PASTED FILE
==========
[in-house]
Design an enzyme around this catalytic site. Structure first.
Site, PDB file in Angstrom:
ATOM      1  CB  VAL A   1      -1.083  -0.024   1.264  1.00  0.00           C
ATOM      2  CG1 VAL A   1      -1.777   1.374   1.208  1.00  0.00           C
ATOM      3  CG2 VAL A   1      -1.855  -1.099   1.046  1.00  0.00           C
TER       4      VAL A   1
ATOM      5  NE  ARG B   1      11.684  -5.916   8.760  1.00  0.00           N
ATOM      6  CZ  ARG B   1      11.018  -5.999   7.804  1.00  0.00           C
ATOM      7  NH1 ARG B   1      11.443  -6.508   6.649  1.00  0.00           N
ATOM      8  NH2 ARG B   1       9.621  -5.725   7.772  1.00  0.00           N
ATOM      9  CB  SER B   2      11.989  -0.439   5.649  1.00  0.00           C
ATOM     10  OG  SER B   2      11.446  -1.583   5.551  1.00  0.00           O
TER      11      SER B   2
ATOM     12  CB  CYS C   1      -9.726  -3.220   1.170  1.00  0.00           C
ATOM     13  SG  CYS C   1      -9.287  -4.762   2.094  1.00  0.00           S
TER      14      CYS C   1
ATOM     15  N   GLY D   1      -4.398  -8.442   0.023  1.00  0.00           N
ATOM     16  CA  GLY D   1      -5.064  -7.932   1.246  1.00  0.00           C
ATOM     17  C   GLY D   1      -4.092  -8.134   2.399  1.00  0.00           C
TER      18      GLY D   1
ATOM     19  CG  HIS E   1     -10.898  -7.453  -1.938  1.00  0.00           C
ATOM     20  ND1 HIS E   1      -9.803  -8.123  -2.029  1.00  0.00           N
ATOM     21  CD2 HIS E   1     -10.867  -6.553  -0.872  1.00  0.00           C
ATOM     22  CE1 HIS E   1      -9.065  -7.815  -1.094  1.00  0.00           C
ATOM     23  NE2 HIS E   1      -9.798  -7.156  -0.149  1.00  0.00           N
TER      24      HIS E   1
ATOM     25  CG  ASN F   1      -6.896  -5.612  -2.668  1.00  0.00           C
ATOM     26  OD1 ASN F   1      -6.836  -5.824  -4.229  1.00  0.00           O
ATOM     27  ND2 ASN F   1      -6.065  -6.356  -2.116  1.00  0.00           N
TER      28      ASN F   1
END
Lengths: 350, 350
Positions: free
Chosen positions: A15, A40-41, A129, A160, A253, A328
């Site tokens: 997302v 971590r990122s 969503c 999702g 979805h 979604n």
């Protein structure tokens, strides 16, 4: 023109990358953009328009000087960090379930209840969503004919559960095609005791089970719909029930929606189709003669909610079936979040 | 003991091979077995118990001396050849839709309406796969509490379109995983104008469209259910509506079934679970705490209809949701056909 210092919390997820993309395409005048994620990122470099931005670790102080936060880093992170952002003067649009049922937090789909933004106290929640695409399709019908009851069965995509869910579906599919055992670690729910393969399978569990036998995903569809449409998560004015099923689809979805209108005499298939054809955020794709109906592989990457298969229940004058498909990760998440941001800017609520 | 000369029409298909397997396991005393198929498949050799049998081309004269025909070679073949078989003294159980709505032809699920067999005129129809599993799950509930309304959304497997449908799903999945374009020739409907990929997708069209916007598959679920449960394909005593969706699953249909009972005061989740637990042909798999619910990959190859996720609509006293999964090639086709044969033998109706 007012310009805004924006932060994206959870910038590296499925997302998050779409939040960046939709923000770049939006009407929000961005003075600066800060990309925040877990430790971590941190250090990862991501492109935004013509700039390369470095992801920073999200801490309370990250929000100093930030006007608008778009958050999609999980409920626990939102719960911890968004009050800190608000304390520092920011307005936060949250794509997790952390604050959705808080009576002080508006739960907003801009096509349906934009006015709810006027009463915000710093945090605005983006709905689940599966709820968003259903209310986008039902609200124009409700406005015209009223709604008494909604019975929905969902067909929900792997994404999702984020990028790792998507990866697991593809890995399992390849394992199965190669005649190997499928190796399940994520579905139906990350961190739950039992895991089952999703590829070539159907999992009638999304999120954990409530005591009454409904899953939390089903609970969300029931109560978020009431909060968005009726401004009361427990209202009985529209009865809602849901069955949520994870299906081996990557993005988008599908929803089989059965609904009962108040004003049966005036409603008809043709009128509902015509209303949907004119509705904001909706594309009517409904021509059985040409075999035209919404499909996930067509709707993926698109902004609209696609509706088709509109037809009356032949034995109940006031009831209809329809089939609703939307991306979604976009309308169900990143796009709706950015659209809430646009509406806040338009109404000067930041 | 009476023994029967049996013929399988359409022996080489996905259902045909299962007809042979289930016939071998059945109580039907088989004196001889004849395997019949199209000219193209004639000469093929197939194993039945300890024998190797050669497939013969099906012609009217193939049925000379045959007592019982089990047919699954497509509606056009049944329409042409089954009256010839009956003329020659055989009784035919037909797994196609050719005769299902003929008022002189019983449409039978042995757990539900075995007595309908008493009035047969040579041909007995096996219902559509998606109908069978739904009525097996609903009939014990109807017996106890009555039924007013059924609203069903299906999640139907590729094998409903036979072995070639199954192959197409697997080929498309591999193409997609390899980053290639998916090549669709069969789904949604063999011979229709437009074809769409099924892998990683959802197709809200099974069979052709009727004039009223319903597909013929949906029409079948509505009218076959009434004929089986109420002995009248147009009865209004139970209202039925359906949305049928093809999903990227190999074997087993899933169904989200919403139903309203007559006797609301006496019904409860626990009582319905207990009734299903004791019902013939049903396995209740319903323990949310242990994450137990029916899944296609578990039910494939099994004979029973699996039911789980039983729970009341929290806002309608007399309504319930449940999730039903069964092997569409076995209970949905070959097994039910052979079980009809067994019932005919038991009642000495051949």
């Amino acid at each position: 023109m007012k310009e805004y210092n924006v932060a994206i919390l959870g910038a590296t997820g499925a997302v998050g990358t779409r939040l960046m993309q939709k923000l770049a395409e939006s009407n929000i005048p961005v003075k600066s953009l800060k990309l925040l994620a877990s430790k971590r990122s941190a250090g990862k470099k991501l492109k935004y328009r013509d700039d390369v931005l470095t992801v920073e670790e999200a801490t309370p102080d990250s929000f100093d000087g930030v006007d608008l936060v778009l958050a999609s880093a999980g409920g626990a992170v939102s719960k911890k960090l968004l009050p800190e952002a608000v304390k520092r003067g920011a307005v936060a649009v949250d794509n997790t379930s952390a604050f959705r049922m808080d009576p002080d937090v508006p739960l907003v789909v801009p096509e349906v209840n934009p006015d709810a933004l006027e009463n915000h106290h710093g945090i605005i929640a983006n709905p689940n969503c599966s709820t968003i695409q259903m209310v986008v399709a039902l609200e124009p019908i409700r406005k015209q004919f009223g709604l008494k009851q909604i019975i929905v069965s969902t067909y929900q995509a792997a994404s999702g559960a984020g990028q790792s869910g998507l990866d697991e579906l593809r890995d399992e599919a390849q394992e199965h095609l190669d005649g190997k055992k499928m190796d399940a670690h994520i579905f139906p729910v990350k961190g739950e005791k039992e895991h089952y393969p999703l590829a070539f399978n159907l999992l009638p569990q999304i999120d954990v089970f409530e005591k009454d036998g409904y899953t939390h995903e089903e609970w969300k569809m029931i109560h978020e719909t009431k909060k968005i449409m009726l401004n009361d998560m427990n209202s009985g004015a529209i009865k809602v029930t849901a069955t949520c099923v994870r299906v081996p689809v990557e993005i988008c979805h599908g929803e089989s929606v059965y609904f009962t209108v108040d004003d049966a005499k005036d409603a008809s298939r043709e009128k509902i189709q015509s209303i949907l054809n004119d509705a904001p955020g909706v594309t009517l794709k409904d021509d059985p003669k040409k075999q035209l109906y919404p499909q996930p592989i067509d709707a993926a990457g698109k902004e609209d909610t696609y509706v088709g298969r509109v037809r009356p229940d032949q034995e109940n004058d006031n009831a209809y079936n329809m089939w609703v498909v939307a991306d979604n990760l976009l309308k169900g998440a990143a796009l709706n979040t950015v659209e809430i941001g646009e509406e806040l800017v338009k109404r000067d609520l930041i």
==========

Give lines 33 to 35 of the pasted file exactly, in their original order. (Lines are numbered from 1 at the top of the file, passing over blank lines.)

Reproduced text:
Lengths: 350, 350
Positions: free
Chosen positions: A15, A40-41, A129, A160, A253, A328